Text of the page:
On March 25, 1968, Martin Luther King, Jr. appeared at the Concord Hotel in the Catskills and spoke before the Rabbinical Assembly of the Conservative Movement. The conversation between King and the rabbis is remarkable for so many reasons, including of course that this historic meeting occurred only ten (10) days before King’s assassination in Memphis. In reading the transcript of the proceeding most recently, however, I am struck by Dr. King’s response to one rabbi’s question regarding how the members of the assembly could assist King in achieving social justice.
King responded by indicating that there were concrete steps that the rabbis could take subsequent to the assembly. King then spent a few minutes explaining his vision for a march on Washington to be held in May, 1968 and requested financial support and offers to host the thousands of residents from Marks, Mississippi who would be traveling to Washington to speak about their condition of abject poverty and unequal access to opportunity.
King never lived to see this march, although Robert Abernathy, who had succeeded Dr. King as leader of the SCLC, decided to fulfill the dream of the slain civil rights leader. Thousands of people converged on the capital and lived in tents on the National Mall in what was known as “Resurrection City.” Many commentators who covered the march include in their reporting their observations of the consistent rain and mud puddles that marked the march during May and June. While camping out in mud puddles on the mall, moreover, the residents of Resurrection City sadly learned that Robert Kennedy had been assassinated.
Assessments of the gains made during this moment in history are mixed, at best, with commentators suggesting that the march may not have created much movement in stemming the subsequent rising tide of millions born into poverty. Many of the leaders and participants wistfully recalled, furthermore, the charisma of King, assessing a loss of opportunity following King’s death, and raising questions how the movement might ever achieve its goals.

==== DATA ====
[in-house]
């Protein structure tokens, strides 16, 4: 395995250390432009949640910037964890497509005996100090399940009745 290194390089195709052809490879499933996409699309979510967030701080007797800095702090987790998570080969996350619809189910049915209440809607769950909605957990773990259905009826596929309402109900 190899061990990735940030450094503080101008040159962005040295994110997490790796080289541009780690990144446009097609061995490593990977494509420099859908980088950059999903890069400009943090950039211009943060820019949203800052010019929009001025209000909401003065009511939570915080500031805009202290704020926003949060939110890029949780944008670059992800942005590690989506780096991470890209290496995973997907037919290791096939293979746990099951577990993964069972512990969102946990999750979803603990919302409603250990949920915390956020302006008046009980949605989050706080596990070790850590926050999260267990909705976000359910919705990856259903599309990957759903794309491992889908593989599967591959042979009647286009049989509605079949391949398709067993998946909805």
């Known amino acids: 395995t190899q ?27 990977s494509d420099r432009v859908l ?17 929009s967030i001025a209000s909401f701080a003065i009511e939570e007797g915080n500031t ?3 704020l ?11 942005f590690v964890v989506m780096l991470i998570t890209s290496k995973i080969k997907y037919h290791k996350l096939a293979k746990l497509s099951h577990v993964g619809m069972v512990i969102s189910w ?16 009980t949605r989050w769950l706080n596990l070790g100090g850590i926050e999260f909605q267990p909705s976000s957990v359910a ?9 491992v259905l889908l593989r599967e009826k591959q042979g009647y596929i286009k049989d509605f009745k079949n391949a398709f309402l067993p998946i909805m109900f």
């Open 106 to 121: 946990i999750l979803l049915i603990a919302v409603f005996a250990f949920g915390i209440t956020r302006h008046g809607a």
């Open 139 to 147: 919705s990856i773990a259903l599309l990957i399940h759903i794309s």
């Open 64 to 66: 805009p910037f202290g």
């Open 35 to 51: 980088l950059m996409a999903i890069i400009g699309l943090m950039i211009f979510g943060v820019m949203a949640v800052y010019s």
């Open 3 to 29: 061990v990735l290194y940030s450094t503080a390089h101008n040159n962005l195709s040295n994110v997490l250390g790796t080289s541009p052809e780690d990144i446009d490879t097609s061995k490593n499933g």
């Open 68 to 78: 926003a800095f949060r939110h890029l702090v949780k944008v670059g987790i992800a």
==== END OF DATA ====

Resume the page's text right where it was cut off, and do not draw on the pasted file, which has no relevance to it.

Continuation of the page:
Like the powerful national and personal narrative of Dr.
King, so many narratives begun in our own lives will only bear completion, if
at all, in the lives of our successors. This is because the path to achieving
nearly impossible goals-peace or equality of opportunity, for example-is often
unclear and there are more questions about how to find the road than answers
how to navigate it once the destination is clear. Yet, raising the critical question of what is
required of us-personally and nationally-is actually the very beginning of
achievement, and we are fortunate if we can then start to articulate answers to
our questions and act upon our responses.
Many of the great questions formulated during
the course of Dr. King’s short lifetime continue to remain unanswered today,
particularly as they relate to matters of national community, including our
response to poverty and lack of access to justice-matters that are especially
precious to our law center. Let us find inspiration in Dr. King’s life and
work. Let us resolve, further, to utter the beginning of an answer to the
profound questions, first raised by Dr. King, that continue to resonate in our